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As sick as a Mitchell

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I’m on a first name basis with the personal assistant of my Ear, Nose and Throat specialist, but that’s nothing to brag about – according to her business card she only has one name, like Madonna or Newman on Seinfeld. Farzana recognizes my name as well, probably because I have been calling her regularly for the past sixth months to find out if her office has a surgery date for me yet.

She finally came through for me this week when she informed me at last that I would be able to get in for an operation on June 11, less than a month away. It’s going to be a little dangerous, a lot painful, completely uncomfortable and more than a little disgusting for everyone around me, but I’m looking forward to it like it’s a trip to Disneyland. After living with a sinus problems for the past decade, going under the knife next month will be like going for a spin on the teacups – sure, I’ll be a little nauseous at first, but I’ll be richer for the experience.

Because of the Hospital Employees Union strike two weeks ago I might have been pushed back another couple of months – my specialist was hoping to operate last November so I’m already more than six months overdue – but another surgery date was miraculously added to his schedule at the last minute. I was lucky enough to call his office early and get on the list for that day.

Sadly, you did read that last part right – my specialist wanted to operate in November 2003 because my sinus condition was severe, I finally got a date in June 2004 because another surgery date was added out of the blue, and I was just plain lucky to call when I did.

Unfortunately, that’s how it seems to work these days. Maybe in the past the specialist would have done the work for me, putting me on a special list with all the other high priorities and booking me into the next available operating room. Now it’s entirely up to the patient to organize a non life-threatening surgery, mostly because specialists are too busy and receive too little support from the hospitals to properly handle all of their cases.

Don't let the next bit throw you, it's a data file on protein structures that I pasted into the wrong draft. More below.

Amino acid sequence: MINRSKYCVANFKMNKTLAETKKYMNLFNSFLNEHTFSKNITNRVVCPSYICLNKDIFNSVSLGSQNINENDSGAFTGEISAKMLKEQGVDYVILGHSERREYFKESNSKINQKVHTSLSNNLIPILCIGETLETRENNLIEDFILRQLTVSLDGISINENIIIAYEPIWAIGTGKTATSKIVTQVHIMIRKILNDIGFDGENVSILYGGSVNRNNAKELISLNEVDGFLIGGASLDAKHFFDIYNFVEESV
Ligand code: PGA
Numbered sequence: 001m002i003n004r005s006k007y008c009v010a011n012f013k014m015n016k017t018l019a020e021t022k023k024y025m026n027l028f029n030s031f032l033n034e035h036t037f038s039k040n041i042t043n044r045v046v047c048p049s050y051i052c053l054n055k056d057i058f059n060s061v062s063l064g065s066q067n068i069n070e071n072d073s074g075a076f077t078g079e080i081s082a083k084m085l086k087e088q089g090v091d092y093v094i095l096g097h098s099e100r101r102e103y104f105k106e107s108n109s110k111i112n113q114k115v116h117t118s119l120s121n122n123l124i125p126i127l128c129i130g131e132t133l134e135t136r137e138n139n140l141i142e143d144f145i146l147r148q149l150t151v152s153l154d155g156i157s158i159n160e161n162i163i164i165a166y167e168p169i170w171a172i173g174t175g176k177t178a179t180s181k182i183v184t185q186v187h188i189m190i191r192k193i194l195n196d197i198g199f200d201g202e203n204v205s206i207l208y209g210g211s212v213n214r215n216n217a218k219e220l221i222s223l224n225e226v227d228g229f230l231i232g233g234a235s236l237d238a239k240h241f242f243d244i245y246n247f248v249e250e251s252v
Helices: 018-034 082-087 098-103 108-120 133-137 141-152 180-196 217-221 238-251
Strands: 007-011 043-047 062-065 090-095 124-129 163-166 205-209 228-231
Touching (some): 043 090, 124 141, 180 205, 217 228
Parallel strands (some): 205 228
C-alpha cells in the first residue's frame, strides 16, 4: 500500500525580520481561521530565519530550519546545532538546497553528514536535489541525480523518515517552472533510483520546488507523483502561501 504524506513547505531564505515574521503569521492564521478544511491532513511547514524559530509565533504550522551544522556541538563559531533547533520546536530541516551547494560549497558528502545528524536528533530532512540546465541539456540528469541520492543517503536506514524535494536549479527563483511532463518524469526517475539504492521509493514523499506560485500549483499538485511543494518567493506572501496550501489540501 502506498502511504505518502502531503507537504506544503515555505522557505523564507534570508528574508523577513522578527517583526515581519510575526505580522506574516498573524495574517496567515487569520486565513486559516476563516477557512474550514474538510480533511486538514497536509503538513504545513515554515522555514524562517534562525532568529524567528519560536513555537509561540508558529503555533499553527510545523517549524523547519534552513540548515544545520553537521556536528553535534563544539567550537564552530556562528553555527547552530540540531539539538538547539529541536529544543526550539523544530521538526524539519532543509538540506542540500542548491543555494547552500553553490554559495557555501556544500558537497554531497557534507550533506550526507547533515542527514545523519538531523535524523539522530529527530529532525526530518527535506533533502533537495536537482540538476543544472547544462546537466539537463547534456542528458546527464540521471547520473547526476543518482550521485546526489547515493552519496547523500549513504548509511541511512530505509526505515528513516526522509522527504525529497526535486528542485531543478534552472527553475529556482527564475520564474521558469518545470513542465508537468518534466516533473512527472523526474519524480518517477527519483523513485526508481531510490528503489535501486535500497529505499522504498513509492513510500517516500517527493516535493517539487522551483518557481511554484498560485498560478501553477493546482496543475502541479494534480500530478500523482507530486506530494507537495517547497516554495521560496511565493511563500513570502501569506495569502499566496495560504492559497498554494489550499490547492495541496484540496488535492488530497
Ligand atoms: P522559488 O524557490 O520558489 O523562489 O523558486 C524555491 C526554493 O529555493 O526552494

Most of my specialist’s patients will have to wait more than a year to have their Ear, Nose and Throat procedures, only because those poor, plugged-up bastards are not yet sick enough to qualify for priority treatment. Fortunately for me my condition had worsened to the point where the surgery was no longer voluntary, but urgently required.

How urgent is urgent, you ask? Put it this way – in the last six months I’ve been on antibiotics four times for sinus infections, all of which have spread into my chest resulting in bronchitis, asthma, shortness of breath and an abundance of throat clearing. It is affecting my sleep, my job and my overall health. One of my friends who is sick with a chest cold described the experience as being "as sick as a Mitchell".

Somewhere along the line my name has become a synonym for being deathly ill.

I’m not sure exactly how it all started, but I left high school with a bone chip in one of my sinuses and a badly deviated septum (the strip of cartilage separating our nostrils). The combination of the bone chip and the fact that my sinuses couldn’t drain properly resulted in a rather serious sinus infection that made it impossible to fly.